http://farm4.static.flickr.com/3617/...65569be6_o.jpg

    -Devon

  24. #24
    Senior Member ggibson's Avatar
    Join Date
    Oct 2009
    Location
    SF Bay Area
    Posts
    743
    Post Thanks / Like

    Re: Adventures in pano stitching

    Nice work, Devon! I like how the shot is framed on either side with the fence and the tree in the middle grabs your attention.

  25. #25
    Member
    Join Date
    May 2009
    Posts
    76
    Post Thanks / Like

    Re: Adventures in pano stitching

    Forgive the rather bland pictures but I just got my Fotodiox shift adapter for the Minolta MD mount. I put a 28mm 2.8 Rokkor on it for a quick test.

    Primarily got this setup for panos. The adapter has a tripod mount so that the lens will maintain position while the camera shifts, avoiding parallax. Very easy to use and quick to setup for panos.

    The adapter rotates so that vertical shift is possible but using the adapter mount, the camera interferes and does not allow the rotation. I will have to figure something out with some sort of spacer.

    I use CS4 and it gives stellar results. I first use LR 2.6 to adjust exposure, white balance, etc using auto synch so that the images are all the same. Manual exposure of course.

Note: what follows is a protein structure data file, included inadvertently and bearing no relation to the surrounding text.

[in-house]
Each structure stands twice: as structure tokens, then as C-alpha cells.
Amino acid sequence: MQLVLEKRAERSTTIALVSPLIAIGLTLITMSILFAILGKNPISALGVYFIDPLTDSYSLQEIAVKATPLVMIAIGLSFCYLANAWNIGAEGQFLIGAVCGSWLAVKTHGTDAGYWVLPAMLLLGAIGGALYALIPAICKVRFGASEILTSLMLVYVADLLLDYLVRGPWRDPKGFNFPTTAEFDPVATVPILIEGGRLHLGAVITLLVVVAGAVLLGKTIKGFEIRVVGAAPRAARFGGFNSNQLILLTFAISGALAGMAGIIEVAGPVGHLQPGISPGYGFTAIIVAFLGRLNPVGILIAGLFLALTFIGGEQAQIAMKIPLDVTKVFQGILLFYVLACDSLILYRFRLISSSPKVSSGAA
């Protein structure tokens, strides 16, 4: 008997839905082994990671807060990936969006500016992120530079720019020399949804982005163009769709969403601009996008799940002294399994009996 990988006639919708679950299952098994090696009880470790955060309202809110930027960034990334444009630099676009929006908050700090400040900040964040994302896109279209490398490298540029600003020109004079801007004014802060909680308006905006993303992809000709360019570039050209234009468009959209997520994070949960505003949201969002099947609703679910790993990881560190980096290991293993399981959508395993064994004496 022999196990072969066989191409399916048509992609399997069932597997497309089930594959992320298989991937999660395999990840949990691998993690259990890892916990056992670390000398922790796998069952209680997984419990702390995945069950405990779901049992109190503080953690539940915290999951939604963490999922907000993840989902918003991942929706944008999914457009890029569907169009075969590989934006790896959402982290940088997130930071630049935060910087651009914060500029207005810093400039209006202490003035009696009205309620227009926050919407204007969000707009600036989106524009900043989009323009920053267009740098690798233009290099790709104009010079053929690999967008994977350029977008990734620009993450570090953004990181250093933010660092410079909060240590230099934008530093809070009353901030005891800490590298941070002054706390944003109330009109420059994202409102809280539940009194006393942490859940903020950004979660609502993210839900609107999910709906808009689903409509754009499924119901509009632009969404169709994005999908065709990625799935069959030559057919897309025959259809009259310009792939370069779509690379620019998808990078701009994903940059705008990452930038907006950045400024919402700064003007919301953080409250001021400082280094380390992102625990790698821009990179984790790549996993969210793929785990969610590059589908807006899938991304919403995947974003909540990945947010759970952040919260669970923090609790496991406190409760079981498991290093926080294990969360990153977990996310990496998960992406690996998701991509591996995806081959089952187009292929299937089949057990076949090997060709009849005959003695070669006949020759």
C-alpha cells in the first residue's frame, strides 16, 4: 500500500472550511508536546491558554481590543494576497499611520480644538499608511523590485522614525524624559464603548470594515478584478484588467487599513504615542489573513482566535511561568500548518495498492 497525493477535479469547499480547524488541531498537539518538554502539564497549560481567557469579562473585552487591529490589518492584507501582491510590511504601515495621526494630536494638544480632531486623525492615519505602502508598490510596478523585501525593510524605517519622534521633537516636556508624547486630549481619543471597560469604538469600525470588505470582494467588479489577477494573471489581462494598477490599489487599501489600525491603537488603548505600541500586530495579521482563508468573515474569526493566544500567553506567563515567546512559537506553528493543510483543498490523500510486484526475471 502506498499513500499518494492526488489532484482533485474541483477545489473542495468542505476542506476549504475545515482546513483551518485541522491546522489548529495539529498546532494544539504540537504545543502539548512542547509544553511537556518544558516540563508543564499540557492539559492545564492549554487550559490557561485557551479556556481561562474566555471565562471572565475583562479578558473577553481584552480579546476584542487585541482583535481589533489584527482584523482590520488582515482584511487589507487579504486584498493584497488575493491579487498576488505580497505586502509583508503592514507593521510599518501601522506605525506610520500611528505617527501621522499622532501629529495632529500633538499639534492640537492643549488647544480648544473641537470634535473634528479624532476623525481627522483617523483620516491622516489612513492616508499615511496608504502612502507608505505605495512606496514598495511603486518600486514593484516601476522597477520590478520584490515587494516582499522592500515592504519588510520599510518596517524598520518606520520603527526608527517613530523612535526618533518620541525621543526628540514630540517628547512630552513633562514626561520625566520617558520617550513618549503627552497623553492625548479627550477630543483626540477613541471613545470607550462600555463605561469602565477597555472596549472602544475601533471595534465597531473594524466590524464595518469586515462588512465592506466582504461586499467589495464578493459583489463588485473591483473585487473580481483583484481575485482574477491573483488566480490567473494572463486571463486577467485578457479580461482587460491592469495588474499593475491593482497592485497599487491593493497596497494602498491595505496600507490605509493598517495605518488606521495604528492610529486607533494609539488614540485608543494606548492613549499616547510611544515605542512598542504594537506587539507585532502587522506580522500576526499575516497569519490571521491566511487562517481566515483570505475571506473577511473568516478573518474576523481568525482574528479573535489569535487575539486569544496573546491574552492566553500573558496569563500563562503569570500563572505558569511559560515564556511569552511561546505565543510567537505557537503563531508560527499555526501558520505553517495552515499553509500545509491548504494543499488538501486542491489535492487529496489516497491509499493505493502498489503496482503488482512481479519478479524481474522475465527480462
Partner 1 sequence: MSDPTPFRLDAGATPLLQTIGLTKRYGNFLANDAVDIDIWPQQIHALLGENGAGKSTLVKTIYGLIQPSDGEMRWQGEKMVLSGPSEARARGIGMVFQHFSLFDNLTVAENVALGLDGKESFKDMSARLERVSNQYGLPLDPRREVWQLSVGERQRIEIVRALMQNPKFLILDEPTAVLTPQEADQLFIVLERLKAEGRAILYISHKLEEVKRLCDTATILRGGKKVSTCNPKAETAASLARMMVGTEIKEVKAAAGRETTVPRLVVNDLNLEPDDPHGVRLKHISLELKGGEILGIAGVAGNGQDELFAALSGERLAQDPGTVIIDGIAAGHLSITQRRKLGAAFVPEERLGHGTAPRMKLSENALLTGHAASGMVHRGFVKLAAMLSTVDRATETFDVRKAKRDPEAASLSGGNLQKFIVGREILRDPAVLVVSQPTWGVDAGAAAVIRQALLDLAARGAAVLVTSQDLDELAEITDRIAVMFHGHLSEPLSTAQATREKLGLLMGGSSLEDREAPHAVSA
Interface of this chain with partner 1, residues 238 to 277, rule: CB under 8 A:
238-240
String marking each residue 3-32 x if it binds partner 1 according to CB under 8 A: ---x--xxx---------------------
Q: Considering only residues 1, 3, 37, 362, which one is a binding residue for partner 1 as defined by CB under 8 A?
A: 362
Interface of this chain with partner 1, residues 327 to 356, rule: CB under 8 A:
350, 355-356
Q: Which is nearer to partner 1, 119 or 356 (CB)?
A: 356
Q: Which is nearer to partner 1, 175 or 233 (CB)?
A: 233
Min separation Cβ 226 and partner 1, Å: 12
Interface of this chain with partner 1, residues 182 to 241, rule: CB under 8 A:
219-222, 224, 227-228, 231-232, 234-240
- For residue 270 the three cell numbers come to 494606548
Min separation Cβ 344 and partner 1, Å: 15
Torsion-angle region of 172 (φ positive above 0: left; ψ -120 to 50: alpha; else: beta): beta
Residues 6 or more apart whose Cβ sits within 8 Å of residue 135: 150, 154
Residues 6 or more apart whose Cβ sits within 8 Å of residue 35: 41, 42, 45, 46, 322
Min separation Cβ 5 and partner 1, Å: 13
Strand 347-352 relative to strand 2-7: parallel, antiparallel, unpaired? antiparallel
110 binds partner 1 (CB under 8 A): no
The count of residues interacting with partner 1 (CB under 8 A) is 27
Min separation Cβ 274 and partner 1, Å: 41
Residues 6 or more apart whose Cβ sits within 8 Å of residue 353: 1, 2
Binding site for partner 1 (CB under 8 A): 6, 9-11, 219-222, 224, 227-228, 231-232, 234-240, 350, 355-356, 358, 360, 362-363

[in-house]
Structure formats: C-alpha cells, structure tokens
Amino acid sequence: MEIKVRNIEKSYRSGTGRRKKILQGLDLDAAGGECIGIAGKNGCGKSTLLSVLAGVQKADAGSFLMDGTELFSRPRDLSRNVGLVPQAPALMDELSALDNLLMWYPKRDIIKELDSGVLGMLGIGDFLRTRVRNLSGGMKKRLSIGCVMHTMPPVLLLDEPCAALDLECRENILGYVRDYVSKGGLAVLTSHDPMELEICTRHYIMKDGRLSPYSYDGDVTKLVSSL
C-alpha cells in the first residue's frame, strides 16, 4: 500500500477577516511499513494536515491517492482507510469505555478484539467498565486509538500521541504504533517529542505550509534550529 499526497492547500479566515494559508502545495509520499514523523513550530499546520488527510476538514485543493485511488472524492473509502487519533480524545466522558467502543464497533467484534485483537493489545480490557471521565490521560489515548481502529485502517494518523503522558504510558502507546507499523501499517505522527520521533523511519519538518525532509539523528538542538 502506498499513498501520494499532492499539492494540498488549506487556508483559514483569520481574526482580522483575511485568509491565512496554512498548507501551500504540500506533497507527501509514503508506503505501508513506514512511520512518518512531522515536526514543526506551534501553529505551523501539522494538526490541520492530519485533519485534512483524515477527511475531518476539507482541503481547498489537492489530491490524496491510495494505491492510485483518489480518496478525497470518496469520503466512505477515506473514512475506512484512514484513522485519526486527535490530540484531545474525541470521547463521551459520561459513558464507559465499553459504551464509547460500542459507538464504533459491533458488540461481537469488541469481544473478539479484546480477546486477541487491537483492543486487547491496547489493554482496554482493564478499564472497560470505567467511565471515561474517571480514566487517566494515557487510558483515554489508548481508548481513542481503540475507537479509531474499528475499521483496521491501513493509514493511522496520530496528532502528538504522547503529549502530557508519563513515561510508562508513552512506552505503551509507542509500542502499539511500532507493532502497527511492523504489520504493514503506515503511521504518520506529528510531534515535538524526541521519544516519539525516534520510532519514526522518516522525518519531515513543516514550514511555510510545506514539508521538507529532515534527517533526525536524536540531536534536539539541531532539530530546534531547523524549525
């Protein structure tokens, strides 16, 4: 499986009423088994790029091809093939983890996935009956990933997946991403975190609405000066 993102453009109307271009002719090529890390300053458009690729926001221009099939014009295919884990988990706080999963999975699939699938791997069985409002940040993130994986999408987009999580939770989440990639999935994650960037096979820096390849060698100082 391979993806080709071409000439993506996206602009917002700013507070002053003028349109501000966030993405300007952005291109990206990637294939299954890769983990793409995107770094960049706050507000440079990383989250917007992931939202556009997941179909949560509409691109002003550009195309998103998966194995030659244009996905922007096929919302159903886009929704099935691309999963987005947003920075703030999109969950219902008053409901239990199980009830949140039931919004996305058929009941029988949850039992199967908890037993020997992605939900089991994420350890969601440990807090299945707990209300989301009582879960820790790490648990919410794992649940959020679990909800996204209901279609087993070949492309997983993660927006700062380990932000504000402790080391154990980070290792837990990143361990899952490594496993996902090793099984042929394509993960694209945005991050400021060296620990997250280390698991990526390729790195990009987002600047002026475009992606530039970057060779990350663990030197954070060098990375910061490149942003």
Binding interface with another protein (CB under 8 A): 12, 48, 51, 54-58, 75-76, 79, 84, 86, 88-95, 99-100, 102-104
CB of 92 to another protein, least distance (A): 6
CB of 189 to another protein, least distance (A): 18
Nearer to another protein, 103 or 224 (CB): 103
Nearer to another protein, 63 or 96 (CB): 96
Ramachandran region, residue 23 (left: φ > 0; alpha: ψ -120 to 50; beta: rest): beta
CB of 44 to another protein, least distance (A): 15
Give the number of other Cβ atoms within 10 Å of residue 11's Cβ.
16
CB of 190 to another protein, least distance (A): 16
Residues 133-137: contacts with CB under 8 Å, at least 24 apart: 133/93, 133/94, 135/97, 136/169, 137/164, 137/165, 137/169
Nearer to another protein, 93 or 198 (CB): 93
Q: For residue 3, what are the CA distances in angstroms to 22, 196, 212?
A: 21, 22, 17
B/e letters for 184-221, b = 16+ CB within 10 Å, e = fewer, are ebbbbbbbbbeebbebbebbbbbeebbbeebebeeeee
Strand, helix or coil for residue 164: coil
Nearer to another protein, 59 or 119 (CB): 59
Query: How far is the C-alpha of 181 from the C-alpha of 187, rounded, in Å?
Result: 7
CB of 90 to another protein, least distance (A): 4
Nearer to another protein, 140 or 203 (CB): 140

I have a 45mm 2.0 coming and plan to get the 50mm macro. I got this setup because I wanted to try using panos on macro flower shots, something I've not seen much of and think may give interesting results.

    For landscapes I tend to use longer focal lengths so this will fill the bill. Not too good for architectural shots because there are no viable wide angel lens available.

    The aspect ratio is close to 3:1 which is near what I usually use for landscapes.

    Larry

  26. #26
    Senior Member
    Join Date
    Dec 2008
    Location
    Gothenburg, Sweden
    Posts
    1,309
    Post Thanks / Like

    Re: Adventures in pano stitching

    Quote Originally Posted by Diane B View Post
    You've shown that one before and I marveled at the number of shots as I do again. (I've never tried more than 9 total-- 3 over 3 on tripod with shifting on TS lens--I've done handheld, but usually 4--2 over 2). Thanks for the workflow you give in another post.

    Diane
    Hi,
    I had to go back and check again. Yes, I posted it April 13 last year. I couldn't believe people remembered any of my images that long. I was wrong btw, it was 40+ images in that mosaic. Seeing it now again I wonder I overcorrected it. I used a bigger overlap than usual as the lens doesn't cover the full sensor. And Thank you.